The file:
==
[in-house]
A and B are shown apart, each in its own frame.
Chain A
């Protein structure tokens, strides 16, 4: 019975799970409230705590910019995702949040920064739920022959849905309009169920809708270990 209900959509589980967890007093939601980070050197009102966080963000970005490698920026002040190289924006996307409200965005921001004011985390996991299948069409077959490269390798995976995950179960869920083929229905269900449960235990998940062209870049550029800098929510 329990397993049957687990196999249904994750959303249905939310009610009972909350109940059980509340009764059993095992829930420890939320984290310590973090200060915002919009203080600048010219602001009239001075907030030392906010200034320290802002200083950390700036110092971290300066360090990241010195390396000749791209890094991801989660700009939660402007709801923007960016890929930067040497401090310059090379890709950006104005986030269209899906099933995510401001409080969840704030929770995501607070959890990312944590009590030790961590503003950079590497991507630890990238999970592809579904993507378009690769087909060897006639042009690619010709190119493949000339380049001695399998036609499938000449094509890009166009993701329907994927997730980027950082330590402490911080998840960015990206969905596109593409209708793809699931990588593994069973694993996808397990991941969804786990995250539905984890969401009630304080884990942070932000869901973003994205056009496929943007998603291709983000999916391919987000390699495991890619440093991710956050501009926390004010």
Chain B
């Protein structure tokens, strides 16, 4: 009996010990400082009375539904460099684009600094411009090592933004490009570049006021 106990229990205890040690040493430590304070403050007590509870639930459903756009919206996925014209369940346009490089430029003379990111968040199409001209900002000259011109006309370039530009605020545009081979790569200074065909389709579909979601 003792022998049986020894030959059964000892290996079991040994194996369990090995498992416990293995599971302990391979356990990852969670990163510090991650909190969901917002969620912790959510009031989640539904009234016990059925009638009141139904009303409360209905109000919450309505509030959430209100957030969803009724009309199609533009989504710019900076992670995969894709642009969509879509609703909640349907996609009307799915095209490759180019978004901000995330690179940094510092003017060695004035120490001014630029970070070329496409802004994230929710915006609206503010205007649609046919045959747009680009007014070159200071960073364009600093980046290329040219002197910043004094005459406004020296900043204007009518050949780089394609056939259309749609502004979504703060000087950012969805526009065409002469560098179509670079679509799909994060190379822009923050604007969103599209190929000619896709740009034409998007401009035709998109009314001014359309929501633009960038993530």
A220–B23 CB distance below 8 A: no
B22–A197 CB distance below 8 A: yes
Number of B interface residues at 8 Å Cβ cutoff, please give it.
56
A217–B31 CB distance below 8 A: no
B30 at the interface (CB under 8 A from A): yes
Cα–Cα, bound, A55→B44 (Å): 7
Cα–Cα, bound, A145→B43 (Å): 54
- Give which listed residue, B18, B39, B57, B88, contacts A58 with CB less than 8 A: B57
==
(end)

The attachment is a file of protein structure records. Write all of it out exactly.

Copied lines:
[in-house]
A and B are shown apart, each in its own frame.
Chain A
């Protein structure tokens, strides 16, 4: 019975799970409230705590910019995702949040920064739920022959849905309009169920809708270990 209900959509589980967890007093939601980070050197009102966080963000970005490698920026002040190289924006996307409200965005921001004011985390996991299948069409077959490269390798995976995950179960869920083929229905269900449960235990998940062209870049550029800098929510 329990397993049957687990196999249904994750959303249905939310009610009972909350109940059980509340009764059993095992829930420890939320984290310590973090200060915002919009203080600048010219602001009239001075907030030392906010200034320290802002200083950390700036110092971290300066360090990241010195390396000749791209890094991801989660700009939660402007709801923007960016890929930067040497401090310059090379890709950006104005986030269209899906099933995510401001409080969840704030929770995501607070959890990312944590009590030790961590503003950079590497991507630890990238999970592809579904993507378009690769087909060897006639042009690619010709190119493949000339380049001695399998036609499938000449094509890009166009993701329907994927997730980027950082330590402490911080998840960015990206969905596109593409209708793809699931990588593994069973694993996808397990991941969804786990995250539905984890969401009630304080884990942070932000869901973003994205056009496929943007998603291709983000999916391919987000390699495991890619440093991710956050501009926390004010």
Chain B
């Protein structure tokens, strides 16, 4: 009996010990400082009375539904460099684009600094411009090592933004490009570049006021 106990229990205890040690040493430590304070403050007590509870639930459903756009919206996925014209369940346009490089430029003379990111968040199409001209900002000259011109006309370039530009605020545009081979790569200074065909389709579909979601 003792022998049986020894030959059964000892290996079991040994194996369990090995498992416990293995599971302990391979356990990852969670990163510090991650909190969901917002969620912790959510009031989640539904009234016990059925009638009141139904009303409360209905109000919450309505509030959430209100957030969803009724009309199609533009989504710019900076992670995969894709642009969509879509609703909640349907996609009307799915095209490759180019978004901000995330690179940094510092003017060695004035120490001014630029970070070329496409802004994230929710915006609206503010205007649609046919045959747009680009007014070159200071960073364009600093980046290329040219002197910043004094005459406004020296900043204007009518050949780089394609056939259309749609502004979504703060000087950012969805526009065409002469560098179509670079679509799909994060190379822009923050604007969103599209190929000619896709740009034409998007401009035709998109009314001014359309929501633009960038993530």
A220–B23 CB distance below 8 A: no
B22–A197 CB distance below 8 A: yes
Number of B interface residues at 8 Å Cβ cutoff, please give it.
56
A217–B31 CB distance below 8 A: no
B30 at the interface (CB under 8 A from A): yes
Cα–Cα, bound, A55→B44 (Å): 7
Cα–Cα, bound, A145→B43 (Å): 54
- Give which listed residue, B18, B39, B57, B88, contacts A58 with CB less than 8 A: B57